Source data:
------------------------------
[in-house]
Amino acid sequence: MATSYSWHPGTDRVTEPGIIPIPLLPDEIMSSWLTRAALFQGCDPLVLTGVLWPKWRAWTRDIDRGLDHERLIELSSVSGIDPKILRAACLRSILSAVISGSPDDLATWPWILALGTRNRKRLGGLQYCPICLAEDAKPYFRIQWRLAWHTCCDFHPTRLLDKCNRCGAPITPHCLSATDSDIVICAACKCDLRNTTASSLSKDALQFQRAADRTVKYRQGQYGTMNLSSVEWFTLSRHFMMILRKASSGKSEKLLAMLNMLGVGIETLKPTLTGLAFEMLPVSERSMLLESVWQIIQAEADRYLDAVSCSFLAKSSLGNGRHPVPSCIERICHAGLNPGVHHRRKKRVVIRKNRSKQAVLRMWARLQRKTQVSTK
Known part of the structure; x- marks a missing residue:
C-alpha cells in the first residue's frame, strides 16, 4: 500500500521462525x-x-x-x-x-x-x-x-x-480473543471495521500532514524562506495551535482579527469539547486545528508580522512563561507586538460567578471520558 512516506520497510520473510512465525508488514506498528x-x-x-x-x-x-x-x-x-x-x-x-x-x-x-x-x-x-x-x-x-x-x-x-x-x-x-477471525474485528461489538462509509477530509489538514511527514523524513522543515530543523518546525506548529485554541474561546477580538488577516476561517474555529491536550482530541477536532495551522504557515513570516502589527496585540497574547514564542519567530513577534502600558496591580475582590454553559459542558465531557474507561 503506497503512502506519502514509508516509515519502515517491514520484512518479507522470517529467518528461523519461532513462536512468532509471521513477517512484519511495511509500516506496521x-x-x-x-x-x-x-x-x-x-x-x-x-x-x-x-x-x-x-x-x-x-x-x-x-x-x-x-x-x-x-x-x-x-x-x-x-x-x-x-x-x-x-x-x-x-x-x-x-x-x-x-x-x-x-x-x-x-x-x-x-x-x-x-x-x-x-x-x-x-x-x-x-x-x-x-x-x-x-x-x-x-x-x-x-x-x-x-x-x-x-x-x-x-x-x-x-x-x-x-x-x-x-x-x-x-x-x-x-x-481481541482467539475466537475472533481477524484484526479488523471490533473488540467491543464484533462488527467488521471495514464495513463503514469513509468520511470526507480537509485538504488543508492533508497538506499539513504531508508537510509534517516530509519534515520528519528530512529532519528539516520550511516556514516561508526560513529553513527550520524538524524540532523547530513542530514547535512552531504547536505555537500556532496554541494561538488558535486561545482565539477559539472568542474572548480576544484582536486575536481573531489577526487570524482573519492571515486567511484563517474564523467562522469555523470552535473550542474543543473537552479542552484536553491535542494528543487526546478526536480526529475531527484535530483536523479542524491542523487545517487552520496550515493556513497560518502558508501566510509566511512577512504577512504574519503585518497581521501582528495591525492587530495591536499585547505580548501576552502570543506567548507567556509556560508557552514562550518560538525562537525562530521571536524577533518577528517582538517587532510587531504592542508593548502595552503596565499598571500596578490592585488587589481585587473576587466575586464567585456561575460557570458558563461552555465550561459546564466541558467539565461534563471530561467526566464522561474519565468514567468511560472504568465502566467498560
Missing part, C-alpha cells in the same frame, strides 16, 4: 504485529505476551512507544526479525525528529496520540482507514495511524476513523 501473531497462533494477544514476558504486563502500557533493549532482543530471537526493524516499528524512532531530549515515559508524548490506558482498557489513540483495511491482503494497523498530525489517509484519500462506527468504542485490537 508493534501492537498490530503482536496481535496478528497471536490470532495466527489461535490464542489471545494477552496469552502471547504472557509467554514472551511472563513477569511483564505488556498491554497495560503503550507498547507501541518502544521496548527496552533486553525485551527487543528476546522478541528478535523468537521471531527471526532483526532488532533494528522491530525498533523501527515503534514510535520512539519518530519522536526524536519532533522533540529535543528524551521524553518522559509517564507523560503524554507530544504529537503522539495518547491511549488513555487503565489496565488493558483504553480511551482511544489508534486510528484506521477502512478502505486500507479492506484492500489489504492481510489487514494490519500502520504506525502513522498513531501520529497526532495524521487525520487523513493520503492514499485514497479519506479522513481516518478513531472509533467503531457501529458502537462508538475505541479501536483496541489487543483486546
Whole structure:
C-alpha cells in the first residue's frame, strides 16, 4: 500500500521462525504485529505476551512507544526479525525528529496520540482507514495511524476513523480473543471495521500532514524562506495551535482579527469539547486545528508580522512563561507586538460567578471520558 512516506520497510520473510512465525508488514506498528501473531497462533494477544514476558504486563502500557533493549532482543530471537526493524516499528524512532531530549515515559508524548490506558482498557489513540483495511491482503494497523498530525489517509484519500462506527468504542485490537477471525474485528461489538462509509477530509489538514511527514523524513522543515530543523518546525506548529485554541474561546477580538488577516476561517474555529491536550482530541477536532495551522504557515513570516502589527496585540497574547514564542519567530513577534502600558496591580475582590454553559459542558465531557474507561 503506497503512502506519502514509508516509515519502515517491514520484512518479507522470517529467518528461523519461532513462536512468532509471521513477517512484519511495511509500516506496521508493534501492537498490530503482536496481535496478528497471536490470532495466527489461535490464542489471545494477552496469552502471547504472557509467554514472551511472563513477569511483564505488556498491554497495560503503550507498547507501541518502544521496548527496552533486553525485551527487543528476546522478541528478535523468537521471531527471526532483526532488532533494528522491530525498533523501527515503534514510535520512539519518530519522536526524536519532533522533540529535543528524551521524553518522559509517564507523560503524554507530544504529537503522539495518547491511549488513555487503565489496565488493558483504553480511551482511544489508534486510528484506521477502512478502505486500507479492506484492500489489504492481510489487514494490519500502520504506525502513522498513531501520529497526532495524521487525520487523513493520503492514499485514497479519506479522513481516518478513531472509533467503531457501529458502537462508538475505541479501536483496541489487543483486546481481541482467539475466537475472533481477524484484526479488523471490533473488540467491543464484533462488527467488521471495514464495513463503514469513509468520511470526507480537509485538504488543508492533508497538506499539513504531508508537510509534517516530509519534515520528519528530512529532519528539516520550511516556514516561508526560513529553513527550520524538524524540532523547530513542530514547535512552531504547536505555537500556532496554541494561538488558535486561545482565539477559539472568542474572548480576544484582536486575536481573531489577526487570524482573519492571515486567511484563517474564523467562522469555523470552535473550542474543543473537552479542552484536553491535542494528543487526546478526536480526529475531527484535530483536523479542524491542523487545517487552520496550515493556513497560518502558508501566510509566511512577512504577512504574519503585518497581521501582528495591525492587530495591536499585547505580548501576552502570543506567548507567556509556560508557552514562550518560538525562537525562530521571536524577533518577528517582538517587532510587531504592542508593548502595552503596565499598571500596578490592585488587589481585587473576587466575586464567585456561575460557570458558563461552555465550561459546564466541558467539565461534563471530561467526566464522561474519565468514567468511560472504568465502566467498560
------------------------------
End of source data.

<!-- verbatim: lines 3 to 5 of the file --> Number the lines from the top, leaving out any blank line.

Known part of the structure; x- marks a missing residue:
C-alpha cells in the first residue's frame, strides 16, 4: 500500500521462525x-x-x-x-x-x-x-x-x-480473543471495521500532514524562506495551535482579527469539547486545528508580522512563561507586538460567578471520558 512516506520497510520473510512465525508488514506498528x-x-x-x-x-x-x-x-x-x-x-x-x-x-x-x-x-x-x-x-x-x-x-x-x-x-x-477471525474485528461489538462509509477530509489538514511527514523524513522543515530543523518546525506548529485554541474561546477580538488577516476561517474555529491536550482530541477536532495551522504557515513570516502589527496585540497574547514564542519567530513577534502600558496591580475582590454553559459542558465531557474507561 503506497503512502506519502514509508516509515519502515517491514520484512518479507522470517529467518528461523519461532513462536512468532509471521513477517512484519511495511509500516506496521x-x-x-x-x-x-x-x-x-x-x-x-x-x-x-x-x-x-x-x-x-x-x-x-x-x-x-x-x-x-x-x-x-x-x-x-x-x-x-x-x-x-x-x-x-x-x-x-x-x-x-x-x-x-x-x-x-x-x-x-x-x-x-x-x-x-x-x-x-x-x-x-x-x-x-x-x-x-x-x-x-x-x-x-x-x-x-x-x-x-x-x-x-x-x-x-x-x-x-x-x-x-x-x-x-x-x-x-x-x-481481541482467539475466537475472533481477524484484526479488523471490533473488540467491543464484533462488527467488521471495514464495513463503514469513509468520511470526507480537509485538504488543508492533508497538506499539513504531508508537510509534517516530509519534515520528519528530512529532519528539516520550511516556514516561508526560513529553513527550520524538524524540532523547530513542530514547535512552531504547536505555537500556532496554541494561538488558535486561545482565539477559539472568542474572548480576544484582536486575536481573531489577526487570524482573519492571515486567511484563517474564523467562522469555523470552535473550542474543543473537552479542552484536553491535542494528543487526546478526536480526529475531527484535530483536523479542524491542523487545517487552520496550515493556513497560518502558508501566510509566511512577512504577512504574519503585518497581521501582528495591525492587530495591536499585547505580548501576552502570543506567548507567556509556560508557552514562550518560538525562537525562530521571536524577533518577528517582538517587532510587531504592542508593548502595552503596565499598571500596578490592585488587589481585587473576587466575586464567585456561575460557570458558563461552555465550561459546564466541558467539565461534563471530561467526566464522561474519565468514567468511560472504568465502566467498560
Missing part, C-alpha cells in the same frame, strides 16, 4: 504485529505476551512507544526479525525528529496520540482507514495511524476513523 501473531497462533494477544514476558504486563502500557533493549532482543530471537526493524516499528524512532531530549515515559508524548490506558482498557489513540483495511491482503494497523498530525489517509484519500462506527468504542485490537 508493534501492537498490530503482536496481535496478528497471536490470532495466527489461535490464542489471545494477552496469552502471547504472557509467554514472551511472563513477569511483564505488556498491554497495560503503550507498547507501541518502544521496548527496552533486553525485551527487543528476546522478541528478535523468537521471531527471526532483526532488532533494528522491530525498533523501527515503534514510535520512539519518530519522536526524536519532533522533540529535543528524551521524553518522559509517564507523560503524554507530544504529537503522539495518547491511549488513555487503565489496565488493558483504553480511551482511544489508534486510528484506521477502512478502505486500507479492506484492500489489504492481510489487514494490519500502520504506525502513522498513531501520529497526532495524521487525520487523513493520503492514499485514497479519506479522513481516518478513531472509533467503531457501529458502537462508538475505541479501536483496541489487543483486546